Staffordshire – Peter Sands

peter-sandsThe three-crop rule has thrown up the biggest headache for Peter Sands, who manages over 1,700ha in Staffordshire, just north of Wolverhampton.

A rotation including wheat, barley, oilseed rape and oats satisfies the three-crop rule on the majority of his land, but his small rented farms are block cropped.

Farm facts

  • Name: Ivy Dene, Brewood, Staffordshire
  • Area: 1,700ha
  • Cropping: winter wheat, winter barley, spring oat, spring beans, winter beans
  • Solution: pulses and fallow

So he has expanded the rotation using cereal and pulse crops, with the winter and spring beans crops helping to satisfy the EFA greening rules.

“They are late harvesting and a bit of a pain to dry. You can still get a good profit out of them but they are not as good as oilseed rape so it is really making the most of a bad situation,” he says.

Mr Sands has already pinpointed the less productive areas on his farm, which he will leave fallow to meet some of the EFA area requirements.

“This will provide the lion’s share of our ecological focus area, and because we have got land that is fallow already, it is easier to implement,” he explains.

Cover crops are also proving an appealing option for the future, says Mr Sands. However, he is waiting more details on this option.

“We have land rented off us for potatoes, which would be prefect for putting a cover crop in before, but we may wait before we implement that to clarify what mixes we can use,” he adds.

Lincolnshire – Mike Copley

Mike-CopleyThe new greening rules were well timed for Lincolnshire grower Mike Copley, who is turning to winter beans to comply.

He is looking to get good control of common brome by growing 28ha in winter beans by planting at the end of October and then having number of herbicide options availiable.

Farm facts

  • Name: Heath Farm, Croxton Kerrial, near Grantham, Lincs
  • Area: 240ha
  • Cropping: winter barley, winter wheat, spring oats, fodder beet, grass
  • Solution: pulses

“The brome problem has gradually got worse on some areas of our farm, and we’ve struggled to get on top of it so this year we are going to kill two birds with one stone,” he says.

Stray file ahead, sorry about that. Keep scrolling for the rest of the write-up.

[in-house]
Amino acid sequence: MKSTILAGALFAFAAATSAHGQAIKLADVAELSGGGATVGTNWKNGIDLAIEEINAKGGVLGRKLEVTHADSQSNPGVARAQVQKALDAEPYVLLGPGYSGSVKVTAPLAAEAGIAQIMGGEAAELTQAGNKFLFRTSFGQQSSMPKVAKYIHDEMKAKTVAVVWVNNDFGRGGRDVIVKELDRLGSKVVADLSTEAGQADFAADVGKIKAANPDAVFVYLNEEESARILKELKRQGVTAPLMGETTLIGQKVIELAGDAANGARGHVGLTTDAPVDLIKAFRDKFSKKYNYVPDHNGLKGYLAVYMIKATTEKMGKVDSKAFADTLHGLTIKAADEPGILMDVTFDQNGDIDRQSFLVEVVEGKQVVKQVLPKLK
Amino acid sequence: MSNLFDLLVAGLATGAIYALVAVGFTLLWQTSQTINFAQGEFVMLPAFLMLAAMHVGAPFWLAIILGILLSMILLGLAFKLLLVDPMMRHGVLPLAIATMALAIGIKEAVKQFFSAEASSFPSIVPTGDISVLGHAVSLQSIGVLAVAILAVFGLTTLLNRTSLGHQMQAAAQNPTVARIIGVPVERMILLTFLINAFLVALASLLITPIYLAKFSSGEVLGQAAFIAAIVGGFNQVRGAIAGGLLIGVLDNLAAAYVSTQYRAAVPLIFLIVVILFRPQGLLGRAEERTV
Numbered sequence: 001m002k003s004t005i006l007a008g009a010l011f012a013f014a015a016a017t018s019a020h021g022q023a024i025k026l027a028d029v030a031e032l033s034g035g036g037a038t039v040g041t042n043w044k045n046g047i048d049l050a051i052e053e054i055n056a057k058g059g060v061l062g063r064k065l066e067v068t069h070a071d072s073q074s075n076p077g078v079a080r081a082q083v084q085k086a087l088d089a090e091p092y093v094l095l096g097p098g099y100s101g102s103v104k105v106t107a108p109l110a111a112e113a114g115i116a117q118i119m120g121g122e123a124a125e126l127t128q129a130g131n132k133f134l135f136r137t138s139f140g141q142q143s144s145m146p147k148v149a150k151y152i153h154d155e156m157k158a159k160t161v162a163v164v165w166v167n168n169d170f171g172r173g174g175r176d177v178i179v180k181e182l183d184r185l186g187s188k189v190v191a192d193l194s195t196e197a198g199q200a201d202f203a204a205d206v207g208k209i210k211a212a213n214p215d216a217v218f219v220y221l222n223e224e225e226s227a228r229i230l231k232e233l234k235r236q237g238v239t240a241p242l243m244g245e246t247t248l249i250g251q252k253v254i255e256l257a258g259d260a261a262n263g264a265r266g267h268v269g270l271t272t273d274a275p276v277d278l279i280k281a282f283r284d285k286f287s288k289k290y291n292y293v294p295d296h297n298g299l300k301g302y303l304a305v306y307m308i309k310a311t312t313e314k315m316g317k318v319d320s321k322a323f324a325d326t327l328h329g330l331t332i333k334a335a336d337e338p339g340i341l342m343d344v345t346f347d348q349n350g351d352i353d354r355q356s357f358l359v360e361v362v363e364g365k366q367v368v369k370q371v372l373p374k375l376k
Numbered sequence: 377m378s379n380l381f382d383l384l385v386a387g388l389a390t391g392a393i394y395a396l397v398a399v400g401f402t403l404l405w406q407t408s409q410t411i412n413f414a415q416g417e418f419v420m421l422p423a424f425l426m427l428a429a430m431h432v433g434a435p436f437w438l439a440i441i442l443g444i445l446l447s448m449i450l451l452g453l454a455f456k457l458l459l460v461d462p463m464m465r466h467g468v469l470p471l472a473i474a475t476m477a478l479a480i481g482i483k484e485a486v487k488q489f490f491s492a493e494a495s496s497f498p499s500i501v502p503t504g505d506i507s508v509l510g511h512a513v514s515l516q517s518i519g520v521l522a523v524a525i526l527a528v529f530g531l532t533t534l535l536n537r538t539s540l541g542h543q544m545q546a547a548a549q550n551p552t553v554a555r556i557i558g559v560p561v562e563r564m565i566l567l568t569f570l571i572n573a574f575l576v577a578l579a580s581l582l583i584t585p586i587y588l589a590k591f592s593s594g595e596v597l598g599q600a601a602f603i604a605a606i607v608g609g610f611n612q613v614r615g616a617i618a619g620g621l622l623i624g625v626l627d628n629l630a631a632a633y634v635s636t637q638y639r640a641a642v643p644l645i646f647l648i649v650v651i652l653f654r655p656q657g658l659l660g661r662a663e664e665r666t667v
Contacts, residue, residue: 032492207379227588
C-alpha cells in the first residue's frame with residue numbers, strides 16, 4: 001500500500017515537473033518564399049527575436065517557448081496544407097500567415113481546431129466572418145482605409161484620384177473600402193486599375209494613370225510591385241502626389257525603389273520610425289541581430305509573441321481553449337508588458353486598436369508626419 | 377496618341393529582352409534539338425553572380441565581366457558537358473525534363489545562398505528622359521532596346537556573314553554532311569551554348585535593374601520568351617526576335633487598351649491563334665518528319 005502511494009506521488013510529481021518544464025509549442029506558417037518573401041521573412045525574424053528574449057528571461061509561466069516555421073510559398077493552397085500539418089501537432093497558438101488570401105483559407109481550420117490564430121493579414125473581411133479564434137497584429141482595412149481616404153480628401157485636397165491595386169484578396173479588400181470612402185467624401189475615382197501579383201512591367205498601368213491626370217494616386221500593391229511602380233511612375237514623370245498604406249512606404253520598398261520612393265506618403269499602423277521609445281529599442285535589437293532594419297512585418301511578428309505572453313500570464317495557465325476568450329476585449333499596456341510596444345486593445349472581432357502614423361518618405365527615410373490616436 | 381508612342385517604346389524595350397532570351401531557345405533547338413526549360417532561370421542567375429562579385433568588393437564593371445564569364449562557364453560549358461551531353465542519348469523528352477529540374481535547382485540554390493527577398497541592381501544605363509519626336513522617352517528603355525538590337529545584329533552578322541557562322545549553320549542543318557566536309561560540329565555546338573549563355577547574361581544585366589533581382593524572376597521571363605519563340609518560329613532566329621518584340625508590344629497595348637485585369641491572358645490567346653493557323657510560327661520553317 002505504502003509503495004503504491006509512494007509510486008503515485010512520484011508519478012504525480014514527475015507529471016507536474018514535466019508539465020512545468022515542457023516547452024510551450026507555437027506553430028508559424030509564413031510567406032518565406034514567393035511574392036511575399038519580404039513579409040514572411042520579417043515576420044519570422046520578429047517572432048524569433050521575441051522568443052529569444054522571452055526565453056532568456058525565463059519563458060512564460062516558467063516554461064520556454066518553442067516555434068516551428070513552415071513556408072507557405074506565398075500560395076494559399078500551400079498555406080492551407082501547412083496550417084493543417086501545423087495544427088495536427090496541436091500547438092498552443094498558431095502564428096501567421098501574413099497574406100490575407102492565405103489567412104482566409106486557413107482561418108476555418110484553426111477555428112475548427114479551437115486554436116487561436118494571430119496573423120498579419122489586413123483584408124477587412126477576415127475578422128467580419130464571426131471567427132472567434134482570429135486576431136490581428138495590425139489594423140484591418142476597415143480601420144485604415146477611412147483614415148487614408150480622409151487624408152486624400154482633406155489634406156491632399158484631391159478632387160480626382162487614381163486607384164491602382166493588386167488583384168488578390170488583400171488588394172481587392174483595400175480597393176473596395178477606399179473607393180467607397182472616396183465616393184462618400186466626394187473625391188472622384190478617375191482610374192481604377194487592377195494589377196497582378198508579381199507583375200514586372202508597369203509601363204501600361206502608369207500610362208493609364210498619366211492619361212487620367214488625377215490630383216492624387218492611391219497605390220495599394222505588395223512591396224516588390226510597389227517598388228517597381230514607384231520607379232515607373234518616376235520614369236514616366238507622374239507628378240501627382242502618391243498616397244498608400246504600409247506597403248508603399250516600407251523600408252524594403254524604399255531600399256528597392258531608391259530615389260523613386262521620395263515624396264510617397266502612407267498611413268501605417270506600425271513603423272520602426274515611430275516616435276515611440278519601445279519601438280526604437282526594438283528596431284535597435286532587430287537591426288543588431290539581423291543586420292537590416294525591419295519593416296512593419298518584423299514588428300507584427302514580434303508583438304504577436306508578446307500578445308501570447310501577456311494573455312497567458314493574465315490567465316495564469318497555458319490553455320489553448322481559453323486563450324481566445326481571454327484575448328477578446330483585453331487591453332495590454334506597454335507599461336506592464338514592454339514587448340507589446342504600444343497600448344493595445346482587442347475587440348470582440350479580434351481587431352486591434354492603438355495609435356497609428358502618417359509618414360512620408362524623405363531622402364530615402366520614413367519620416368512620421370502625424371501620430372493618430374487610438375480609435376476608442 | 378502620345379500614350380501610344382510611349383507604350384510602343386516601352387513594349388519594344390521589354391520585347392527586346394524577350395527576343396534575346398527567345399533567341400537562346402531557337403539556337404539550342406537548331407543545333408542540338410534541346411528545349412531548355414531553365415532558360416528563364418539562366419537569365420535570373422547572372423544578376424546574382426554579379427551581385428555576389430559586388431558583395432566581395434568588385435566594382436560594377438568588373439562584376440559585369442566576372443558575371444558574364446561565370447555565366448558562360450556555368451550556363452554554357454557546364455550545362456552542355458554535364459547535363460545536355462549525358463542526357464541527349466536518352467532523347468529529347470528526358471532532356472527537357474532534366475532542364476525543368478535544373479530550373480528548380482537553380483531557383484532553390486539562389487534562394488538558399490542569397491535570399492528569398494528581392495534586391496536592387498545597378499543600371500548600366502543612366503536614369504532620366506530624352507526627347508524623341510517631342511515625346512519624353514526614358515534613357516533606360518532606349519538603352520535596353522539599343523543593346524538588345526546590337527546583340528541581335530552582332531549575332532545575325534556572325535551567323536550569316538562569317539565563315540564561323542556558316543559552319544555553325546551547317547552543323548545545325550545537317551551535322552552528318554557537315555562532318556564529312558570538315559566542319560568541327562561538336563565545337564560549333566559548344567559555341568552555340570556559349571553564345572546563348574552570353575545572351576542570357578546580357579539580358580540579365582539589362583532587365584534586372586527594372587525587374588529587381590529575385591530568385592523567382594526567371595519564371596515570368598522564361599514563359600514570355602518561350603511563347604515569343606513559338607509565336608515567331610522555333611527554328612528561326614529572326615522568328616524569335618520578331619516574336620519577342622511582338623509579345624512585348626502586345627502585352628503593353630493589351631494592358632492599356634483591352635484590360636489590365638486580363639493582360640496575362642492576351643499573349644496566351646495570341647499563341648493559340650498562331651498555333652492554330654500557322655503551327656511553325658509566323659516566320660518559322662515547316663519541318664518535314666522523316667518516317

This tempted him back into winter beans, which have not been grown on his farm for over 20 years.

“It also gives us the chance to go in with a first wheat following the pulse crop and it will help with the workload and storage over harvest, due to its later harvesting,” he adds.

Mr Copley says the prospect of making the most of some of his heavier land with a low-input crop with a return made it an easy choice for him.

Based on light limestone brash, the land is not typically high yielding for pulse crops but he says he can still reach 5t/ha in a good year.

Despite the expected influx of pulse growers possibly driving the price down, he points out that most crops are already facing similar problems, so it still offers one of the best options on his farm.

“There isn’t really a market for anything at the minute, the prices are so low, but it is better than not growing nothing at all,” he adds.

Key greening rules

Under the new Basic Payment Scheme to start on 1 January 2015, a third of each farm’s payment will depend on complying with new “greening” rules such as:

The three-crop rule – Farmers with more than 30ha of land will need to grow at least three different crops.

Ecological Focus Areas (EFA) – Farmers with more than 15ha of arable land need to create a EFA equating to 5% of their eligible land. Depending on weightings this can be achieved by putting 5% of land to fallow, 7.1% down to nitrogen-fixing crops like pulses, or 16.7% of catch or cover crops. There are also options for using eligible hedges and buffer strips by a watercourse. Farmers can use a combination of these options to meet their EFA target.